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Problem:
Give tight asymptotic bounds $( \Theta )$ for the following function: $$ T(n) = T(n-2) + n $$
Answer:

We are not given the base case. I am going to assume that $T(0) = 0$ and $T(1) = 1$. Here are some values for the function. $$T(2) = T(0) + 2 = 2$$ $$T(3) = T(1) + 3 = 4 $$ $$T(4) = T(2) + 4 = 6 $$ $$T(5) = T(3) + 5 = 9 $$ $$T(6) = T(4) + 6 = 12 $$ $$T(7) = T(5) + 7 = 16 $$ $$T(8) = T(6) + 8 = 20 $$ $$T(9) = T(7) + 9 = 25 $$ $$T(10) = T(8) + 10 = 30 $$ It is growing faster than $O(n)$ time. I am fairly sure that $T(n) \in O(n^2)$. That is, $O(n^2)$ is an upper bound. If $T(n)$ is $\theta(n^2)$ then going from $n = 5$ to $n = 10$ we would expect, about, a factor of $4$ increase. We got an increased by a factor of $\frac{ 10}{3}$. I am thinking that the correct answer is: $$T(n) = \Theta(n^2)$$. However, I do not know how to prove that it is correct? or disprove it?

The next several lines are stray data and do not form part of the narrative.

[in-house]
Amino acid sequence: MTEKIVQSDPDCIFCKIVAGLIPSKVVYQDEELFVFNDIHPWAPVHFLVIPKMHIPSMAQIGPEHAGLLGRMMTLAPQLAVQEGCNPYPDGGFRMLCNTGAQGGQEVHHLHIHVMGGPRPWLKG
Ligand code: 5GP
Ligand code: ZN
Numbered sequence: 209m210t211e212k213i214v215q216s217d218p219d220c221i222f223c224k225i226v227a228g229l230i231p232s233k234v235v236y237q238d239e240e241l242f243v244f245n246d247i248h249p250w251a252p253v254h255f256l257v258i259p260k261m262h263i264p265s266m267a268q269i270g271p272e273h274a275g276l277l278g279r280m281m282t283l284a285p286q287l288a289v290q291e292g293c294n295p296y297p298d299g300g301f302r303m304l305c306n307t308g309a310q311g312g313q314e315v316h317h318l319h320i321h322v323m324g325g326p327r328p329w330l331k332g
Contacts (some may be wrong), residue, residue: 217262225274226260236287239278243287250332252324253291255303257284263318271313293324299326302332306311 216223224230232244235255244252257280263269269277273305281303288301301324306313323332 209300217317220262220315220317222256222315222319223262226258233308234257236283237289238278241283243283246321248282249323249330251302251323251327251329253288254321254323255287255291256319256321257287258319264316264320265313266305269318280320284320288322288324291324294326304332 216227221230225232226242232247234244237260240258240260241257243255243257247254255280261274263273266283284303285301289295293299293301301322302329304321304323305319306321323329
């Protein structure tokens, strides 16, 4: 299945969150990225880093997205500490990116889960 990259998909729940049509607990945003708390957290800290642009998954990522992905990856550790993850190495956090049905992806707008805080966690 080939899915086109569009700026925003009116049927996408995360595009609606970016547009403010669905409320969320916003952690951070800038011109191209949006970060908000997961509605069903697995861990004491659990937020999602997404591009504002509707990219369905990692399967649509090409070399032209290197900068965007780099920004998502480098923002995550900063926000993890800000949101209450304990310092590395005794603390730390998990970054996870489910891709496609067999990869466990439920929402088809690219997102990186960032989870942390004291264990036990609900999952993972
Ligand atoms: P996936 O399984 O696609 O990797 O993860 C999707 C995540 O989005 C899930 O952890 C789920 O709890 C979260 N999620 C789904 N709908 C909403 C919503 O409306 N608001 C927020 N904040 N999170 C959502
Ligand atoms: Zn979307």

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You just need to expant it (suppose $n$ is even) and using mathematical induction:

$$T(n) = n + (n-2) + T(n-4) = n + (n-2) + (n-4) + \cdots + 4 + 2 = $$ $$2 ( 1 + 2 + \cdots + \frac{n}{2}) = 2\frac{\frac{n}{2}(\frac{n}{2}+1)}{2} = \frac{n(n+2)}{4} = \Theta(n^2)$$

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